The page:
Dr. William Mantyh Discusses the Present and Future of Alzheimer’s Treatment

In 1983, President Ronald Regan initiated Alzheimer’s and Brain Awareness for the month of June. By observing this important event, the opportunity to engage, connect, and support people affected by the disease is consistently recognized on an annual basis. 

While research, diagnosis, and care for patients with Alzheimer’s have been a part of our country’s history for a long time, Dr. William Mantyh is a current behavioral neurologist with the University of Minnesota Physicians (M Physicians). He graduated from the University of Minnesota Medical School in 2014 and shared his insights about the patient journey and the work he does to ensure patients receive the treatment they need.

“Diagnosing Alzheimer’s is, at least in the early stages, hard,” said Dr. Mantyh. “Patients might be wondering if their symptoms are the beginning of dementia, or something else like sleep deprivation, medication side effects, nutritional deficiencies or thyroid problems. I look at the different potential causes to help establish a diagnosis so that patients can plan for the future.”

To diagnose a patient with the disease, Dr. Mantyh conducts in-depth visits, studies the brain structure using an MRI, and runs blood tests, which is a costly and lengthy process. A new blood test, which is still being studied by scientists, may be able to detect if patients are likely to develop Alzheimer’s later in life, even before symptoms appear. The test works by looking at the proteins that underlie Alzheimer’s disease.

“In Alzheimer’s disease, you have the abnormal buildup of two proteins, amyloid, and tau,” Dr. Mantyh said. “It’s a bad sign when those proteins are there, but it takes many years, even decades, for those proteins to cause brain damage.”

While this might mean that physicians will be able to catch the disease at an early stage and the patient might not develop the symptoms of Alzheimer’s disease until years later, the test seems to be more accurate when the individual already has impairments. 

“The test appears to be accurate in that early phase of the disease when the diagnosis can be more difficult compared to the later disease stages,” Dr. Mantyh said. “Ongoing research efforts are trying to remove these proteins to halt the disease process, but we’re not able to grow neurons back, and so diagnosing it early is a high priority.”

This month, the FDA granted accelerated approval for a drug intended for patients in the early stages of the disease, which removes the harmful amyloid plaque and may reduce or halt further deterioration of the brain.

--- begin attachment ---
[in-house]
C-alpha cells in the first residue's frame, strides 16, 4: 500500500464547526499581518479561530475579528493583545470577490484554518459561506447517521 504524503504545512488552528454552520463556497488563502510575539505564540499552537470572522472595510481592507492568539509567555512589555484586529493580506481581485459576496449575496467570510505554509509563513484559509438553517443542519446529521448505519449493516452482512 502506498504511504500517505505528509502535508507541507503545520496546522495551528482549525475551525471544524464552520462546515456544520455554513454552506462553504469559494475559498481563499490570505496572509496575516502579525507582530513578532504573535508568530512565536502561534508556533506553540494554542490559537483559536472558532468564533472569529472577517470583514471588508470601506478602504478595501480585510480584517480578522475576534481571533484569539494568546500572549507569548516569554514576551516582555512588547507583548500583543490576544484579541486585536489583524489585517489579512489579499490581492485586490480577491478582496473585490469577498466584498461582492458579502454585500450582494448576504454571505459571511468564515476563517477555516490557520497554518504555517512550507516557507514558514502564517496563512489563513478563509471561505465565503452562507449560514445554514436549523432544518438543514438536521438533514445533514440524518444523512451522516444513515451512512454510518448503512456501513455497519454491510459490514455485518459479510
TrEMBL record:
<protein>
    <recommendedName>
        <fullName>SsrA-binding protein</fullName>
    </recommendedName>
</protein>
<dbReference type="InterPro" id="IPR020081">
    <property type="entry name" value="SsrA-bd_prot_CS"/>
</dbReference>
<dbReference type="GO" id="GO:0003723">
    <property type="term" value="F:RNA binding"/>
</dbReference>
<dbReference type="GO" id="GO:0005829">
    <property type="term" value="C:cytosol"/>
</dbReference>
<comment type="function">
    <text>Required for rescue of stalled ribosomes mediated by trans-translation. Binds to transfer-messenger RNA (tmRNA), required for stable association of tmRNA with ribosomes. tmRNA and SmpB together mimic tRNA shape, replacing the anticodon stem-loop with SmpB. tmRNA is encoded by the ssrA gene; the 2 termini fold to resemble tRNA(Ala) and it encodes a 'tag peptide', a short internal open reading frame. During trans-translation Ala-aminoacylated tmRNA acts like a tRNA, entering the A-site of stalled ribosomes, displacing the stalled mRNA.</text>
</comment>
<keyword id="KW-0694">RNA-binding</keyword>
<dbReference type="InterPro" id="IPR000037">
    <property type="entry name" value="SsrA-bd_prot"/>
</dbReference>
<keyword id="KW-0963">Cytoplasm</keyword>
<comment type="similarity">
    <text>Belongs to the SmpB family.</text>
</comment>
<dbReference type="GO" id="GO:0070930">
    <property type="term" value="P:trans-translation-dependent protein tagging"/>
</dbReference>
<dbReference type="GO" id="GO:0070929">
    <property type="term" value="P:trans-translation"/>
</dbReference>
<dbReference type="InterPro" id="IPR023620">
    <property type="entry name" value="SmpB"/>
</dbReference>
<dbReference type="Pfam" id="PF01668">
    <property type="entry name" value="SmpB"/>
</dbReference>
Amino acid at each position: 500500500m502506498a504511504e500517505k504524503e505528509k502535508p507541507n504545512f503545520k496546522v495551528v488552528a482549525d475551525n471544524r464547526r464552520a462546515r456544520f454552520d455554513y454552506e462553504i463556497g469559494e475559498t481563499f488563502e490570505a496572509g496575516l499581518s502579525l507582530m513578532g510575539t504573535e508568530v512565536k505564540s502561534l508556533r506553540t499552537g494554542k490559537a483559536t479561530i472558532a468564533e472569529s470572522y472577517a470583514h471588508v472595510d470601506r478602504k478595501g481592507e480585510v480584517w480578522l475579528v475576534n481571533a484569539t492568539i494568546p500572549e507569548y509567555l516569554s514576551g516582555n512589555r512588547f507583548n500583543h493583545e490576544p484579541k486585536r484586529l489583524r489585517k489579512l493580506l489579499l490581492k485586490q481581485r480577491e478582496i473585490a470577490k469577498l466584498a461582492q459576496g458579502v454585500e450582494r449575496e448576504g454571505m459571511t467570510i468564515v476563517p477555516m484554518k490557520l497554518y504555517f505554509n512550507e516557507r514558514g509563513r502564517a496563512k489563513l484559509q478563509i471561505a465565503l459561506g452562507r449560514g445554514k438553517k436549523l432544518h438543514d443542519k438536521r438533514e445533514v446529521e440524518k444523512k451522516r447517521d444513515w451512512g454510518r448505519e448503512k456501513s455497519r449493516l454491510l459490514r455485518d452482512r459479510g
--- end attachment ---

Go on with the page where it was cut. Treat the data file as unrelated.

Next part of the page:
“There are a lot of other drugs being trialed for Alzheimer’s disease, and we think it’s just a matter of time before we find even more effective therapies,” Dr. Mantyh said. 

Each patient, and case of dementia, is unique, and so symptoms of the disease may present differently from person to person. This might include issues with language, visual-spatial awareness, memory, or multitasking.

“I start to get worried when someone asks the same question over and over in the same day,” Dr. Mantyh said. “If someone doesn’t remember an experience they were a part of or gets lost in a familiar place, that makes me worried that it’s not just normal aging.”

Other signs to look out for might include loss of functional level, like not being able to hold a job the person previously excelled at, or not being able to read a book. For patients diagnosed with the disease, there’s still a lot that can be done to address concurrent symptoms.

“Aducanumab, the new drug conditionally approved for Alzheimer’s disease, may or may not help with the symptoms of Alzheimer’s disease. But, we do have medications, therapies, and interventions that can help with symptoms,” Dr. Mantyh said. “So, if someone is depressed, which happens frequently with any type of dementia, we can help with depression. If someone is having trouble with their balance, we can set up the patient with physical therapy.  We can provide advice on how to maximize healthy sleep. We can help patients plan and maintain as much function as possible in a safe environment.”

Dr. Mantyh’s clinical practice takes place at the M Physicians St. Louis Park Memory Care Program, which treats all types of dementia, including Alzheimer’s disease, the most common form. Through education and connection to resources, the St. Louis Park Memory Care Program provides each patient with guidance for further memory care and support. The program acts as a bridge between patients and the latest research and clinical trials, like Dr. Mantyh’s work developing biomarkers to accurately, and at an early stage, provide the correct diagnosis. 

“I think a cutting-edge view using the latest blood tests and other types of confirmatory tests means that patients receive the best diagnosis possible,” Dr. Mantyh said. 

Dr. Mantyh hopes to one day use novel blood testing to better understand dementia within Native American communities. 

“The Memory Keepers Medical Discovery Team at the University of Minnesota Medical School is doing a lot of really exciting work with Native American communities and has laid the groundwork for this collaboration to take place,” Dr. Mantyh said. “When these blood tests come out, all Americans can benefit. We’re working so that the benefit isn’t restricted to currently studied populations, as there is a severe lack of data for Native American individuals in current Alzheimer’s disease research.”

 Article content was originally published through M Physicians on June 30, 2021.

 

 

 

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